If we’re being emotional now dealing with a virus with a mortality rate of 2%, and likely less than that for young people, how are we going to deal with a Great Power Competitor that has a higher death rate? Will we write letters to the press about the Sailors we lost in missile exchanges? Will we complain about driving into harm’s way?

When the going gets tough, do you want to be lead by someone ruled by their emotions, or someone who chooses to rule them?

This post represents the views of the author and not those of the Department of Defense, Department of the Navy, or any other government agency.

Facebook moderators lose all sense of humor

My firewood stand apparently doesn’t meet Facebook guidance

When the builders built my house, they took out a lot of tall trees in the front yard so that wind storms wouldn’t drop really big trees onto my new house. Rather than pay to take the trees away, I had them leave the trees and I chopped them into firewood. Since I had so much firewood, I built a little stand to sell it by the main road. It’s an honor system, and so far only one jerk has stolen a bundle.

To advertise, I’d post a funny ad on Facebook Marketplace. In one case, it was about how politically-neutral the firewood is. In another, it discussed how my firewood was totally vegan and free from animal-testing. Simple, but humorous.

But recently, not good enough for Facebook moderators. COVID-19 has taken many things from people, and apparently it has taken the sense of any humor from Facebook. I posted about COVID-19 free firewood, and the ad ran for a while, getting good laughs from people otherwise stuck at home. Two days ago, Facebook shut it down, saying I wasn’t advertising something for sale. I protested, saying that I indeed did sell firewood, hence the picture. No dice, the moderators have removed my ad. Here’s what I wrote, judge for yourself:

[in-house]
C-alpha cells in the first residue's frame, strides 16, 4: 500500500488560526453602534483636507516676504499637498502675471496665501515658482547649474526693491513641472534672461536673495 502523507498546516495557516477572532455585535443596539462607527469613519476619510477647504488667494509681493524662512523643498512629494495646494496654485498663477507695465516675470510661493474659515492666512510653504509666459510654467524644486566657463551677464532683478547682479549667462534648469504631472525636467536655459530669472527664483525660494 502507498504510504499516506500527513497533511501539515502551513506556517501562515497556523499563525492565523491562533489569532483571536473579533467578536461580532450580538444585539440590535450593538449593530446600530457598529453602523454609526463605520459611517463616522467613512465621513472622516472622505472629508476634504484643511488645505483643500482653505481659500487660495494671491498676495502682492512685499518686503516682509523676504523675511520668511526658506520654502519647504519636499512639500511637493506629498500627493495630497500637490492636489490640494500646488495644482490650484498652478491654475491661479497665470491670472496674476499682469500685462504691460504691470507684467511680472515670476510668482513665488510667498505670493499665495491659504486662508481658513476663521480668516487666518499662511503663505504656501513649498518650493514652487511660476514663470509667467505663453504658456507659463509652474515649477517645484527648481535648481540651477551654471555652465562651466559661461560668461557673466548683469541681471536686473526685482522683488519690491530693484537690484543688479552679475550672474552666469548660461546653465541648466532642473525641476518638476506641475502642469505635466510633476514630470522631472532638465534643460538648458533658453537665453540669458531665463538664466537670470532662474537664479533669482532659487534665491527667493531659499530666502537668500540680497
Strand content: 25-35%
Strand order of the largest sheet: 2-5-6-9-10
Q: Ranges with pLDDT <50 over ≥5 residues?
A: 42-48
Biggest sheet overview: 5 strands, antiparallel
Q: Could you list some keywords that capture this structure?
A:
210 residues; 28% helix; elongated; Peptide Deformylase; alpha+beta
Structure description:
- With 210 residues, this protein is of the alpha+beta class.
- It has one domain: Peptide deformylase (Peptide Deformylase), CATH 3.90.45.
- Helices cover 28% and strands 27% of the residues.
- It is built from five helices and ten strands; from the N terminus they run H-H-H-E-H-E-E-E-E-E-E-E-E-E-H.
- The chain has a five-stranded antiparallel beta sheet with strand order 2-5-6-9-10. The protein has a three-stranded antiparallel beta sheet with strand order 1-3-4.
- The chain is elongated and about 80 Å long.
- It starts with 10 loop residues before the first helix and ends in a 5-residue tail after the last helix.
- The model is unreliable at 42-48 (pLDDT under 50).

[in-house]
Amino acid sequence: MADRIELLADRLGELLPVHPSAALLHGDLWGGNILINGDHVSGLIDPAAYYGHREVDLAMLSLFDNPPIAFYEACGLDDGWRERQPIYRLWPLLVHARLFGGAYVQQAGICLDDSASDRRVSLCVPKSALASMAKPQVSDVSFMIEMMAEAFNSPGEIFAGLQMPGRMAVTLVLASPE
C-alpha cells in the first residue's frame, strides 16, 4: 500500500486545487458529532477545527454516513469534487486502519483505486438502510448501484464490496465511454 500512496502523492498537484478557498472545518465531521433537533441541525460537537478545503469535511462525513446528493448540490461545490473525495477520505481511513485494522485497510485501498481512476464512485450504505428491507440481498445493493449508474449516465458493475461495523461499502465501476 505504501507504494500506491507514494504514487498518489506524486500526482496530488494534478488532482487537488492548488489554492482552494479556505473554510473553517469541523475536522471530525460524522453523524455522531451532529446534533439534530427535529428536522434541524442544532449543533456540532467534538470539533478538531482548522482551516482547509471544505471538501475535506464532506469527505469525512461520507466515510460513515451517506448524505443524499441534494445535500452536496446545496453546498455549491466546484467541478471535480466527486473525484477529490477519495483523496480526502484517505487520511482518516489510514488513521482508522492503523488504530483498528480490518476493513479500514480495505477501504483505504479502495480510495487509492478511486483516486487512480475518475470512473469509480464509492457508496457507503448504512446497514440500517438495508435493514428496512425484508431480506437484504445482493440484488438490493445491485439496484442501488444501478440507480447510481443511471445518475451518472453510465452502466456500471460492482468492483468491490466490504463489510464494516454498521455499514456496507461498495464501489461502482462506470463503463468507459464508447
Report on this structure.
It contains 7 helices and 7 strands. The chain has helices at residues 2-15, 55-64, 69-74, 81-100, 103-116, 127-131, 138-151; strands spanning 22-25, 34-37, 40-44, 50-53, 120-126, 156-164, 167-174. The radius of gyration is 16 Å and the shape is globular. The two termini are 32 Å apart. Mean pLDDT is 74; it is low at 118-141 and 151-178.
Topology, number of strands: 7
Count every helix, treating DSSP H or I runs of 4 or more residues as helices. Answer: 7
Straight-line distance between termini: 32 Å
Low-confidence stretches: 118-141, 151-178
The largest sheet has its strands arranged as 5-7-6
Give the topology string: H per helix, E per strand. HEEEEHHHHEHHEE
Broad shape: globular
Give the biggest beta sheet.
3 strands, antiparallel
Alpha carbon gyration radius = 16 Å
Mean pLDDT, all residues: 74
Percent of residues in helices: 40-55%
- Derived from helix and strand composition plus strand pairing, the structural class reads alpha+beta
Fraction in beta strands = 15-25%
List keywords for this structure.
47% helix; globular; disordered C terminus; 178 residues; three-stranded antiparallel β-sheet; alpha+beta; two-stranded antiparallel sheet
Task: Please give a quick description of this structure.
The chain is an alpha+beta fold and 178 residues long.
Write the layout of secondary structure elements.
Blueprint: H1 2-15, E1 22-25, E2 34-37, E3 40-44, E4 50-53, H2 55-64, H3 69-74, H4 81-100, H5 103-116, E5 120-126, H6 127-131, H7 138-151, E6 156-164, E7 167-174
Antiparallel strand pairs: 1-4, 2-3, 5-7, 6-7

So life is collapsing all around you due to Corona Virus. Your favorite sports team is canceled. Toilet paper is being rationed. Your local Karen is trying to make hand sanitizer from essential oils. Everyone has gone mad with COVID-19 fear. In these trying times, you need some security.
You need…firewood.
Yes, firewood. Think of its magical properties. Instead of huddling in your house worried about what paper remains to wipe yourself with, you can light a fire in the fire stand you bought from Home Depot, but never found time to use. Those flames licking into the sky are mesmerizing to watch and take your mind off of the craziness surrounding a virus with a less than 5% chance to kill you.
Even better, the fire from firewood burns viruses. If you left COVID-19 on a piece of my firewood and set it on fire, the virus would die. Firewood has a better track record than Karen’s essential oils and anti-vax children at cutting down on viruses.
Plus, you are guaranteed that my firewood has never traveled to China, Iran, South Korea, or any other CDC-listed country. It’s also never been to a wet market!
If you navigate to ——, right outside the —— complex, you’ll find the firewood stand. Unlike any large store that gouges you for firewood, my stand only asks for a twenty dollar bill for a full wheelbarrow of anti-viral, morale-improving firewood. Even better, its always available, since you don’t need to knock on my door (please don’t, I’m practicing social distancing). If you wake up in horror at your impending doom at midnight and need the reassurance that only a stack of firewood can give you, you’re in luck, because you can pay for and pickup the firewood at any hour, thanks to the light I installed.
Best part: I’m using the money to build a nice playground for my kids, so that while they aren’t at school they can entertain themselves without driving my wife crazy.
So swing by today, grab a stack of firewood, and face the impending Coronapocalypse with firey gusto!